cover image The Metcalfe Family Album: Six Generations of Traditions and Memories

The Metcalfe Family Album: Six Generations of Traditions and Memories

Chronicle Books, Sallyann J. Murphey. Chronicle Books, $24.95 (256pp) ISBN 978-0-8118-2097-4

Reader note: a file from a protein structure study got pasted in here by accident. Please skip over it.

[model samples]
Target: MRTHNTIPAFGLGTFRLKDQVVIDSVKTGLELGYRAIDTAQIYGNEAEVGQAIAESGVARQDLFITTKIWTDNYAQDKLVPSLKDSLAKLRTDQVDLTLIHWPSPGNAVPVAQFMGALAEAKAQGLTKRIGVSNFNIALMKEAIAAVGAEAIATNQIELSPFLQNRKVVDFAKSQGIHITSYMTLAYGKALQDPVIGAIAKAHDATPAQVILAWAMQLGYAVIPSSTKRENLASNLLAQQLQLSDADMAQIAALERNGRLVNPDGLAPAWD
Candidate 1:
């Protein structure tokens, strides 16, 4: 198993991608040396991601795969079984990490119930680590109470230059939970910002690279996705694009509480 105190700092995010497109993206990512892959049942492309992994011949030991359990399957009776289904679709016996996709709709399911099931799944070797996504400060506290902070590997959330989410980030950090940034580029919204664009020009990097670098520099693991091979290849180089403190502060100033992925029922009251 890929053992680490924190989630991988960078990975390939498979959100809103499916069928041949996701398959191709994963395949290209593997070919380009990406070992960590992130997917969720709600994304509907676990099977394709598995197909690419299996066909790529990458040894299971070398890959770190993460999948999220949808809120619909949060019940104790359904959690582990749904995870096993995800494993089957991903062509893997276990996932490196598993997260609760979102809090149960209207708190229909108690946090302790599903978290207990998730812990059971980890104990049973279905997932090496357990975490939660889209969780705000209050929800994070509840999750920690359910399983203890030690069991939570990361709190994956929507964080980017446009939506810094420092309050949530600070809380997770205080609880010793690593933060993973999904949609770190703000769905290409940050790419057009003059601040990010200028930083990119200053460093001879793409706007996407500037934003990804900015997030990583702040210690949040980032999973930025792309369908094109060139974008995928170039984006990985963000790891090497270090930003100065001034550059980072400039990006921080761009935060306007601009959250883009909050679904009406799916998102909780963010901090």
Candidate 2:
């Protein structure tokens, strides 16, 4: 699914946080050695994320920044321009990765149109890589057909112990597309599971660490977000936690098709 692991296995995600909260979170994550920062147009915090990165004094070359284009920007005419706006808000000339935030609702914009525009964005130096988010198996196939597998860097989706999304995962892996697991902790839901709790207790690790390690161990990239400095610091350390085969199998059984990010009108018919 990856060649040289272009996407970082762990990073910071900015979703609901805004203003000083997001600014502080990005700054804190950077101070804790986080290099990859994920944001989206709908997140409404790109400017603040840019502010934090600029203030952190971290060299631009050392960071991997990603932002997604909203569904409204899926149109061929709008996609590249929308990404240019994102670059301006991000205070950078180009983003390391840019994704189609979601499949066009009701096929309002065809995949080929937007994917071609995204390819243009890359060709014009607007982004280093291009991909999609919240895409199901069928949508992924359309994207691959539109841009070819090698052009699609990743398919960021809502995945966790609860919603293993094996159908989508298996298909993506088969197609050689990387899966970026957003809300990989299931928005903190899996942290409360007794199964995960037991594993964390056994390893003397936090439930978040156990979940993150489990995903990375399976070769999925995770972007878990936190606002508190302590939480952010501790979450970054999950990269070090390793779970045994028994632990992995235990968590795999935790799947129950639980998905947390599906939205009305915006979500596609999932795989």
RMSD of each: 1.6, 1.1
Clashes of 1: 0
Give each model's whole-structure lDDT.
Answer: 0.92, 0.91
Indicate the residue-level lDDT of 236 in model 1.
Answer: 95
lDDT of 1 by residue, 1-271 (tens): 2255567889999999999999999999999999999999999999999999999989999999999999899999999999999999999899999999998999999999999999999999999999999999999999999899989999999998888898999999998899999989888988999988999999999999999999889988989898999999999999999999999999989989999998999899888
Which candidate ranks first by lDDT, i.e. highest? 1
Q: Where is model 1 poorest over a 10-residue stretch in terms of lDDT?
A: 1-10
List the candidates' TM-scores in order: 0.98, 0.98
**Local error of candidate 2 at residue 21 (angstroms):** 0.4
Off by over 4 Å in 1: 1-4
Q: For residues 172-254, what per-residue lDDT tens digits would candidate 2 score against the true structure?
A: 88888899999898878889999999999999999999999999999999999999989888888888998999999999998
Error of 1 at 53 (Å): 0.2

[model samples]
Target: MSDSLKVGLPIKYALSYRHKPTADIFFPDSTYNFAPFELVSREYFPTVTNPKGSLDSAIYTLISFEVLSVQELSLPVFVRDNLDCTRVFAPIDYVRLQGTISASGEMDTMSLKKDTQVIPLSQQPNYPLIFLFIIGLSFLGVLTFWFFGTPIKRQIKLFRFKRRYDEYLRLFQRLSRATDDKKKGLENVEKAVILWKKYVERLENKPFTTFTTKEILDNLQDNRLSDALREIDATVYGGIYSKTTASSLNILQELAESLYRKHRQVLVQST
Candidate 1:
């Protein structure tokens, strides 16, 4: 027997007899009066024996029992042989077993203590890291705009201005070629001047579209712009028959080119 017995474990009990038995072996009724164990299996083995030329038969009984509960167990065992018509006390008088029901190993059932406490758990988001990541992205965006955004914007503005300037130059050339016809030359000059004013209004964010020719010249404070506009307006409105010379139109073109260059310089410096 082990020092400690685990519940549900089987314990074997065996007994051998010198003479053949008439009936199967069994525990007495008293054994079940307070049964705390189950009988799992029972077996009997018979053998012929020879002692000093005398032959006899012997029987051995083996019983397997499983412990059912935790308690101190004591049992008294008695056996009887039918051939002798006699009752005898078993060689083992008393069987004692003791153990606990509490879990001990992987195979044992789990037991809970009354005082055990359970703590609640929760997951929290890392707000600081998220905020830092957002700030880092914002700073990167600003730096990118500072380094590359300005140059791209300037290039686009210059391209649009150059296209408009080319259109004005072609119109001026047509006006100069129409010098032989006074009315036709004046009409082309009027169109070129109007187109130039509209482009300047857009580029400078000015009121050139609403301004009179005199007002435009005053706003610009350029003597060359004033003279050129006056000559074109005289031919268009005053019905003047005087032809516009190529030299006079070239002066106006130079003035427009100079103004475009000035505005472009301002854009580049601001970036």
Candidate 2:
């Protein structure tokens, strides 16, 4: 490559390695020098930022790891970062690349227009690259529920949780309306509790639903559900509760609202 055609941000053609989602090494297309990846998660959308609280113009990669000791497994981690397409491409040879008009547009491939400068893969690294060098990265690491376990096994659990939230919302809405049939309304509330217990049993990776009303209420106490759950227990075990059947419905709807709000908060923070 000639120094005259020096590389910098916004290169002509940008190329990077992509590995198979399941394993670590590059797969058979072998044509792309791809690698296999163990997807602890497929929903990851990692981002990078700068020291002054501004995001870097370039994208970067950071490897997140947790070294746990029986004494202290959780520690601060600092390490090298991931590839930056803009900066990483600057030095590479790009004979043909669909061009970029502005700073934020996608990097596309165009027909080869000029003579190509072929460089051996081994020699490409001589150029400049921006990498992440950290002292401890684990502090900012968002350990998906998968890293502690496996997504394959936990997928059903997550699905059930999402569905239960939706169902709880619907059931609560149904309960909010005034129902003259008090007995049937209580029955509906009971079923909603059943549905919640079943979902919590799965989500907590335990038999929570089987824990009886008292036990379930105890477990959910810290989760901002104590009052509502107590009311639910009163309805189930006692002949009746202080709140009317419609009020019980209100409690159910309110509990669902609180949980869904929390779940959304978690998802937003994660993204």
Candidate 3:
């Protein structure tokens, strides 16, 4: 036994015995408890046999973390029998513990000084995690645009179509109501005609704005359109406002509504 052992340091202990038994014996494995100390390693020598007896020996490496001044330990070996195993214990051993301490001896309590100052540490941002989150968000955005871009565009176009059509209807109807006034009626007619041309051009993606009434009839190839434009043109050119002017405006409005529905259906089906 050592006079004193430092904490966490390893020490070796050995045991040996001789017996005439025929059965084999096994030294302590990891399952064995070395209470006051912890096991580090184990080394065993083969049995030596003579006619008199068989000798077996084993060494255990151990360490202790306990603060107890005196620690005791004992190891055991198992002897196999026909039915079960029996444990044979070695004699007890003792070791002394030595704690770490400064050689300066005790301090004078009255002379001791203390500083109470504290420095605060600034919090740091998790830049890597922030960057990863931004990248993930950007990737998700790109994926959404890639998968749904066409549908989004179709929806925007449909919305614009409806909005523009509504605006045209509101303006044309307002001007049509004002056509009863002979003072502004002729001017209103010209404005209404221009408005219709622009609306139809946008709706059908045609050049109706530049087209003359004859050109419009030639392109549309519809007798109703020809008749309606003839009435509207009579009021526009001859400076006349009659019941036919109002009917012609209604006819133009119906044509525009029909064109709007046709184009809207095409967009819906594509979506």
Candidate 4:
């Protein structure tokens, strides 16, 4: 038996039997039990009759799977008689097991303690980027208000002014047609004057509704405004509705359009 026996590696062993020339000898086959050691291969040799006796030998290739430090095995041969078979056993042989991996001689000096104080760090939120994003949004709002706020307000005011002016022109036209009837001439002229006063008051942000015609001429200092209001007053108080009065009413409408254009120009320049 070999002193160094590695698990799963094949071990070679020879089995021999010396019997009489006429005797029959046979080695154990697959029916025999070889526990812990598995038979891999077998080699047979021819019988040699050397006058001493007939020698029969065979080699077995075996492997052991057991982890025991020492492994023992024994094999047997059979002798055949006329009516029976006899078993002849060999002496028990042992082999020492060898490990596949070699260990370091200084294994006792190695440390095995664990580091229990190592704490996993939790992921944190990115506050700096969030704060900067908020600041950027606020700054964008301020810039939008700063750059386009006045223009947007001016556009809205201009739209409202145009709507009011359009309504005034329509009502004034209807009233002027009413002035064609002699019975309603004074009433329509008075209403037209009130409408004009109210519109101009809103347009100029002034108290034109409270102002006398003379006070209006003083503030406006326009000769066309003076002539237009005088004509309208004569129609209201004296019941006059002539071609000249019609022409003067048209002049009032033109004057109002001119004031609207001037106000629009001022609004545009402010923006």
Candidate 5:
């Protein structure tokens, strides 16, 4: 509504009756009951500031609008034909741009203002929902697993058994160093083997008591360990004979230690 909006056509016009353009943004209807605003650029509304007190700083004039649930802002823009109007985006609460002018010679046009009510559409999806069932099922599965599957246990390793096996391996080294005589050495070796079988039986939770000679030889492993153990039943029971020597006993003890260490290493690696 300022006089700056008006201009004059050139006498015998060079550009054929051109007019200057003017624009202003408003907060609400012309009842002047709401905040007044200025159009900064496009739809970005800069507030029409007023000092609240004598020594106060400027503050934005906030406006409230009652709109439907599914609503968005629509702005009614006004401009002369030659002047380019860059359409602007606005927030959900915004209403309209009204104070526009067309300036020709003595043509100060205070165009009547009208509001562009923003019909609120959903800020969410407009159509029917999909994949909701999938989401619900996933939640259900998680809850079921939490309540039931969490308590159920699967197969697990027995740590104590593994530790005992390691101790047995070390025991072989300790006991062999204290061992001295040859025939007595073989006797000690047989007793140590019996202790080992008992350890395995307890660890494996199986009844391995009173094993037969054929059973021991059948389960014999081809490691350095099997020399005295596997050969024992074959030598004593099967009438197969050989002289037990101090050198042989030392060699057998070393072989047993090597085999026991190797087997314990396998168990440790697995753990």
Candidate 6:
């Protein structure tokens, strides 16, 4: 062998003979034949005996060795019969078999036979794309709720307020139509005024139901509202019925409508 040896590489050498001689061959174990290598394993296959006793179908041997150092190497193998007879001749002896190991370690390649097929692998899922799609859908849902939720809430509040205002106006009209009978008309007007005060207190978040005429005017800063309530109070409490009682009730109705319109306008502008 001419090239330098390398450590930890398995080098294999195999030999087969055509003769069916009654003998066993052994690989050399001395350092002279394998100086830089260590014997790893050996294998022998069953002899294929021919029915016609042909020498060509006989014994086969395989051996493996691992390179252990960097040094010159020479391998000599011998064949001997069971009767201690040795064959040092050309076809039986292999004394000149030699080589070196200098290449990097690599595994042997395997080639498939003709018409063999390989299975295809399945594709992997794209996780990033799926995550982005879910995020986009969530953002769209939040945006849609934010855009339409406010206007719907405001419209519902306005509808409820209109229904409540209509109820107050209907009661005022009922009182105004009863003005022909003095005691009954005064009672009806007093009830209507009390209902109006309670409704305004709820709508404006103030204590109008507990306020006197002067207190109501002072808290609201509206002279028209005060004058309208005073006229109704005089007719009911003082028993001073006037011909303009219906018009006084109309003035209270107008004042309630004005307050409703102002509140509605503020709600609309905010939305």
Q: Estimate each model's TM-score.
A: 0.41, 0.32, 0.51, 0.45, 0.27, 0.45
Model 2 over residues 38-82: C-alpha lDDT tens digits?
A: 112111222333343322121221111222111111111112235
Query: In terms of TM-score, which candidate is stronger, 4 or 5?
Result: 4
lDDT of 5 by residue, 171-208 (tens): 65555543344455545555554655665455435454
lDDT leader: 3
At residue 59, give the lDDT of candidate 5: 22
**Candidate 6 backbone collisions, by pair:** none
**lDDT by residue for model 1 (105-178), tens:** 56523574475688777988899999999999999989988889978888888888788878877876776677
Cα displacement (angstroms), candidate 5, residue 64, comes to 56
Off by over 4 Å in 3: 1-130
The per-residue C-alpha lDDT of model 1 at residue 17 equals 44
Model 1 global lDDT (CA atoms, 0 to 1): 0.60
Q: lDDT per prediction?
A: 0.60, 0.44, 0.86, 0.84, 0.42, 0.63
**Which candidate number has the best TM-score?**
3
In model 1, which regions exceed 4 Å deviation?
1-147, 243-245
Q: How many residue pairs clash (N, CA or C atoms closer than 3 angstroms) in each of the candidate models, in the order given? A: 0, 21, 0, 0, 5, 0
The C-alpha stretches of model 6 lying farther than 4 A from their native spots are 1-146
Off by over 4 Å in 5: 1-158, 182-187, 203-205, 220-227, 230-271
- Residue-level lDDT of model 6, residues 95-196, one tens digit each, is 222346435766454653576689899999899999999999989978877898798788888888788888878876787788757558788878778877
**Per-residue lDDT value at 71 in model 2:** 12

When Jan Andersen, raised in a lonely, single-parent household, marries into the Metcalfe clan, she is given responsibility, as the ""new mistress,"" for the Metcalfe Family Album, which has documented the clan's life, updated virtually every Christmas, since 1835. The lavishly illustrated book, which simulates a real album in appearance and layout--it is a m lange of sepia-toned pages, old-fashioned photographs, letters, recipes, crafts and memorabilia--follows six generations of women, beginning with Marianne, who arrives from France alone at age 12, later marrying Joshua Metcalfe and settling in Georgetown, Ind. There, she begins the album, a record of life events, household chores and favorite recipes--even a few thoughts and feelings. Successive diarists are women who marry Metcalfe sons and add their stories: starchy Constance; German-born, Vassar-educated feminist Anna; shy but spirited Irish Kathleen; British war-bride Jessie; and finally Jan, taking the reader through 1996. Their domestic triumphs and tragedies are shaped by wars (from Civil to Vietnam), deaths, births, medical and technological advances, and of course, their families, to which all the women are devoted. Little changes at the homestead, with each generation unwaveringly dedicated to their husbands, in-laws and traditions. Even in the early 1980s, Jan abandons a bright career as a TV news reporter to marry and move to the country; her entries often mention how stressful and shallow her life would have been if she'd pursued her career. Women who don't share that opinion may not be impressed with the treacly domestic tales and their attendant moralizing. Sentimentality is overworked: there's a letter in a childlike scrawl from an 11-year-old mourning her mother, and samples of children's artwork. Clearly intended for the Christmas season, the book should please readers who enjoy the comfort of family continuity and the calm treasures of hearth and home. (Nov.)